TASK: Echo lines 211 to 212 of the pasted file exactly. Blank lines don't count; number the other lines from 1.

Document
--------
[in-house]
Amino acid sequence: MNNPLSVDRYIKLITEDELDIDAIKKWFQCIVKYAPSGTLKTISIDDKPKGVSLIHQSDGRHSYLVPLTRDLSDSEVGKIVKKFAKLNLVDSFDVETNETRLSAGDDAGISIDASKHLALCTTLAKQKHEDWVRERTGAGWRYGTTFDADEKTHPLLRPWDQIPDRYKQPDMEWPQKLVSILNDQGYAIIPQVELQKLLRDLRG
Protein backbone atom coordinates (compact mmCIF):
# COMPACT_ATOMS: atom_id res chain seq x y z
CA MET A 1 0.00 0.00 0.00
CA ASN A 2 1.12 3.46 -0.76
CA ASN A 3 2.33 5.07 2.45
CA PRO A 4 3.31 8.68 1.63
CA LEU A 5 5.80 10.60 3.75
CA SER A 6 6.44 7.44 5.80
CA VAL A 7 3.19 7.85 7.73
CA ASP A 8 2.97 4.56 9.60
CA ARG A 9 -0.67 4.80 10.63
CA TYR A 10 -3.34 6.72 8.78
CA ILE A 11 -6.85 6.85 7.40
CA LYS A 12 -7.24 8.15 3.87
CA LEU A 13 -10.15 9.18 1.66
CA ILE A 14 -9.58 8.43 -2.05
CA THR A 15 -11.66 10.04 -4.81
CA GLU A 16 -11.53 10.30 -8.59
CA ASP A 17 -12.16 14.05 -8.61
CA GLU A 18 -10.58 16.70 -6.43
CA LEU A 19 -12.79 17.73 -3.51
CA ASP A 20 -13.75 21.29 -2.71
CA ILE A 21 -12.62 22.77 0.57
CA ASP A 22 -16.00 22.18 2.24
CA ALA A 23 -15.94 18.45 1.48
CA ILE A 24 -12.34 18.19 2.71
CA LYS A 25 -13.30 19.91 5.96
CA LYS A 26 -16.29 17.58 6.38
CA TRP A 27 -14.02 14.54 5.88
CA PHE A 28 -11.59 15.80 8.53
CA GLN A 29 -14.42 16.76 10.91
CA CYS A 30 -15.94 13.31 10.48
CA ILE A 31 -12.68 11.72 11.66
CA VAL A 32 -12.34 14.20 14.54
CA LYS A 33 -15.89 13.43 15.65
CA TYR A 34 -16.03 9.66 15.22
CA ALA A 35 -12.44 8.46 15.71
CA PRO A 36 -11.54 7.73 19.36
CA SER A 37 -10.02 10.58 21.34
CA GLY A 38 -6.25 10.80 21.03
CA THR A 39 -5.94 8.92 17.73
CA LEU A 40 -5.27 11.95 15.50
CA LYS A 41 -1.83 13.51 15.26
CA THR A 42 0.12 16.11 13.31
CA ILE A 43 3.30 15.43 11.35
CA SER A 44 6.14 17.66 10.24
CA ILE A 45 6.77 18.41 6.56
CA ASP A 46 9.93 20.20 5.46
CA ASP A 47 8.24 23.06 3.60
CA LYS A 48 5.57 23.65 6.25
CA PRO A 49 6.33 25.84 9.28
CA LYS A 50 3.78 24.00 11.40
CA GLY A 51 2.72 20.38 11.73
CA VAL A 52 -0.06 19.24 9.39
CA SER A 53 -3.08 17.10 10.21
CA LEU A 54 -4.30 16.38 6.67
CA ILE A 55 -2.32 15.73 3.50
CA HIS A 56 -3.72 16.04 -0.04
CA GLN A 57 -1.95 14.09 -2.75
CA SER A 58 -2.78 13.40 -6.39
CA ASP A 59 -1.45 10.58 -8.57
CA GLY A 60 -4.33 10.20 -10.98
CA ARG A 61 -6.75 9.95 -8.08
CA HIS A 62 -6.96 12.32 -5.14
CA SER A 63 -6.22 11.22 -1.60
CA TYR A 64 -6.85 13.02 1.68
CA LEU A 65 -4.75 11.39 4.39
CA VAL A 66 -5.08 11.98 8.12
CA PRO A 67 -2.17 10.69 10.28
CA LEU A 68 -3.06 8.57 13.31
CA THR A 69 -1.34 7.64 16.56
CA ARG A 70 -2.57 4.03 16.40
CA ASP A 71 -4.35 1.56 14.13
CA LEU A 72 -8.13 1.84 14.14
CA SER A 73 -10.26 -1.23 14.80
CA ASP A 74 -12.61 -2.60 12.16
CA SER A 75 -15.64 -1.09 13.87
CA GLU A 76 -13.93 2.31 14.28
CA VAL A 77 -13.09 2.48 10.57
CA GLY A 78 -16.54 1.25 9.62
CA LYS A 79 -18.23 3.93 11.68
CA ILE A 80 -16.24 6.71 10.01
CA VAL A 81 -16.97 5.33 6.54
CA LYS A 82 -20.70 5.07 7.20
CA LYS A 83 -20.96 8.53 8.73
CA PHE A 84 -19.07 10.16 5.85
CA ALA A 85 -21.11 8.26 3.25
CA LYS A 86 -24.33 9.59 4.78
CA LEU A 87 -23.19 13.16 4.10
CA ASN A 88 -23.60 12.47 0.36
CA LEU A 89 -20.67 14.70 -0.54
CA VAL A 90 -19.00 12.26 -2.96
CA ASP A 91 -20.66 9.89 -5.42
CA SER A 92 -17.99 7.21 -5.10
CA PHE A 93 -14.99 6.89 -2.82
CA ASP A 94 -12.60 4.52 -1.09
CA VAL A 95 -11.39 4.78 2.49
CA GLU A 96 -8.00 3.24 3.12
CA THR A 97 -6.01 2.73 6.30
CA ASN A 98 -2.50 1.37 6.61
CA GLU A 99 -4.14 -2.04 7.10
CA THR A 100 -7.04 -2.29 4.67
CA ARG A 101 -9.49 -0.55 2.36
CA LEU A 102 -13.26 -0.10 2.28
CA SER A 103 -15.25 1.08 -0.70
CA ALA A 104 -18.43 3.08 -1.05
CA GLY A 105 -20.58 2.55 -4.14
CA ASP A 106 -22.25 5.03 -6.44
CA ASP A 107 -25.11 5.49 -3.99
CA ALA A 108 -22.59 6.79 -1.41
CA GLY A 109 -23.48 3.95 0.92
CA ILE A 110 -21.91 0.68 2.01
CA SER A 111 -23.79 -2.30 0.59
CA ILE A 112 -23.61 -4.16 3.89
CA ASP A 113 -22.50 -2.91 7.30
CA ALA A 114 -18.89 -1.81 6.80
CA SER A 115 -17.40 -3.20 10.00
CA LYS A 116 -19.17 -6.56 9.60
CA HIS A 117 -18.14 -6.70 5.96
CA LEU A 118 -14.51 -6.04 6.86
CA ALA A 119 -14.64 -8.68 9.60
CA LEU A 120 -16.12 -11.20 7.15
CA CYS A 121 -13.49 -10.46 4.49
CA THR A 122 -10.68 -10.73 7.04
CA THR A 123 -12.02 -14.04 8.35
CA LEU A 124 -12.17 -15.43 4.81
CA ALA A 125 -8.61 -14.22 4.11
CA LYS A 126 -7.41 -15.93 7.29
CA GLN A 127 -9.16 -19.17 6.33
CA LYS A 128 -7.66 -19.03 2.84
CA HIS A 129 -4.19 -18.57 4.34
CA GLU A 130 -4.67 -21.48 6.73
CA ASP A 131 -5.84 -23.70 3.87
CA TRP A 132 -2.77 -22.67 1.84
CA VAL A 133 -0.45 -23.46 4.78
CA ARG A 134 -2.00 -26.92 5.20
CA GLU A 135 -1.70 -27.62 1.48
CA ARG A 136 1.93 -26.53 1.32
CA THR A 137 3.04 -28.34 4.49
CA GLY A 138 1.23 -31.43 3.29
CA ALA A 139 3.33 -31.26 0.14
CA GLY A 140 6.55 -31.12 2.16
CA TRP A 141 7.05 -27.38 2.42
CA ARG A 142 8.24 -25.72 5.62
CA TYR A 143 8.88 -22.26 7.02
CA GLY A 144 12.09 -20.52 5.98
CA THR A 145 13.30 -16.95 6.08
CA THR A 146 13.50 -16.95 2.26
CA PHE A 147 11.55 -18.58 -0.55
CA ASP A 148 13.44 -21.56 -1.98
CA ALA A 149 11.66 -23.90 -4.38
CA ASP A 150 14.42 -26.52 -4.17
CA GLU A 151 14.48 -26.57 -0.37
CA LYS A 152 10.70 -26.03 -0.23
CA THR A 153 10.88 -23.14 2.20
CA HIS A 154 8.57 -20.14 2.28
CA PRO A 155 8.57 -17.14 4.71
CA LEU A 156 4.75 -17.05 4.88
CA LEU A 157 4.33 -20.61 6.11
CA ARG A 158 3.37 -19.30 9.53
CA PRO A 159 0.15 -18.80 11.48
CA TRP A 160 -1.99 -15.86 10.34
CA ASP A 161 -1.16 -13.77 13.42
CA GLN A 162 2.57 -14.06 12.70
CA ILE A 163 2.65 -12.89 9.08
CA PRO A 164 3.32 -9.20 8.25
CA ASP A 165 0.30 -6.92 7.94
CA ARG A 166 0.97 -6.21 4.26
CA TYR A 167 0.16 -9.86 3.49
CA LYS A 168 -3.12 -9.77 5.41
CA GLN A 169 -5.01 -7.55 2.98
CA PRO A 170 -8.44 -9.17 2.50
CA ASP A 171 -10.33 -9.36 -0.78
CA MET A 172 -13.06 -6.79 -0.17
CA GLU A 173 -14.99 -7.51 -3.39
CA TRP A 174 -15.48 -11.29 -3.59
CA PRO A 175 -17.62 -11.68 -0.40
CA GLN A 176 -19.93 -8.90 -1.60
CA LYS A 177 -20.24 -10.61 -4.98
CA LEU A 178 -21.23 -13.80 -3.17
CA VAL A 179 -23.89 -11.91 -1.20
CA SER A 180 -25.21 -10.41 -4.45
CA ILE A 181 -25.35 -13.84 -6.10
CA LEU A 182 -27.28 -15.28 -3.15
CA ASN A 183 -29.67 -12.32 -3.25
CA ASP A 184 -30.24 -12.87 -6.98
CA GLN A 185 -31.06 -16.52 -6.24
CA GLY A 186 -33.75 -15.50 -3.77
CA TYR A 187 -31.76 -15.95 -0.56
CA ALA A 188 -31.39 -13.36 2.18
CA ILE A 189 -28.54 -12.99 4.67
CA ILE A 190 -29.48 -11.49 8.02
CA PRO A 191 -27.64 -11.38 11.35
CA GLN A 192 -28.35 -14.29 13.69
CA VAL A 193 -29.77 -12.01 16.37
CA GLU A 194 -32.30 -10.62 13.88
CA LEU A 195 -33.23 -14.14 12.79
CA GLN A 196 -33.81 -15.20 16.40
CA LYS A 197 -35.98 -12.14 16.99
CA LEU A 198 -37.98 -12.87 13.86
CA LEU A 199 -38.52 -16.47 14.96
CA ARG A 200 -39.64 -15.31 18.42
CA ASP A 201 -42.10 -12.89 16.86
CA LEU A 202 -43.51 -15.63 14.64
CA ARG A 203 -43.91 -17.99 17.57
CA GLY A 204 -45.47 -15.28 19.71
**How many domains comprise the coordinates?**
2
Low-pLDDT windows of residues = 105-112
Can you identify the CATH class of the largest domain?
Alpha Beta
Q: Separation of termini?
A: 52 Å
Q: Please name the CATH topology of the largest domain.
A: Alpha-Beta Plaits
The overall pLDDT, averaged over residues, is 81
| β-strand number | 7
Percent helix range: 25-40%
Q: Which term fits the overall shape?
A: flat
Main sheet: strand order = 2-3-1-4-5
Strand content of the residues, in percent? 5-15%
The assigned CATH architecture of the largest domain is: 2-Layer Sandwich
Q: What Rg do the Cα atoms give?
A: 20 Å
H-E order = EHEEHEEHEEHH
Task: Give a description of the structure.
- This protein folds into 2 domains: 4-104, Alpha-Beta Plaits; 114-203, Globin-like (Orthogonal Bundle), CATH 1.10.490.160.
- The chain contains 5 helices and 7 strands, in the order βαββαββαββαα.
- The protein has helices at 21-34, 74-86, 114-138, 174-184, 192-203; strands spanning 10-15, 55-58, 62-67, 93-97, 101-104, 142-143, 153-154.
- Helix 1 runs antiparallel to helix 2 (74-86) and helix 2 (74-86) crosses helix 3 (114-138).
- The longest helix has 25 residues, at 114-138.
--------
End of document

Low-pLDDT windows of residues = 105-112
Can you identify the CATH class of the largest domain?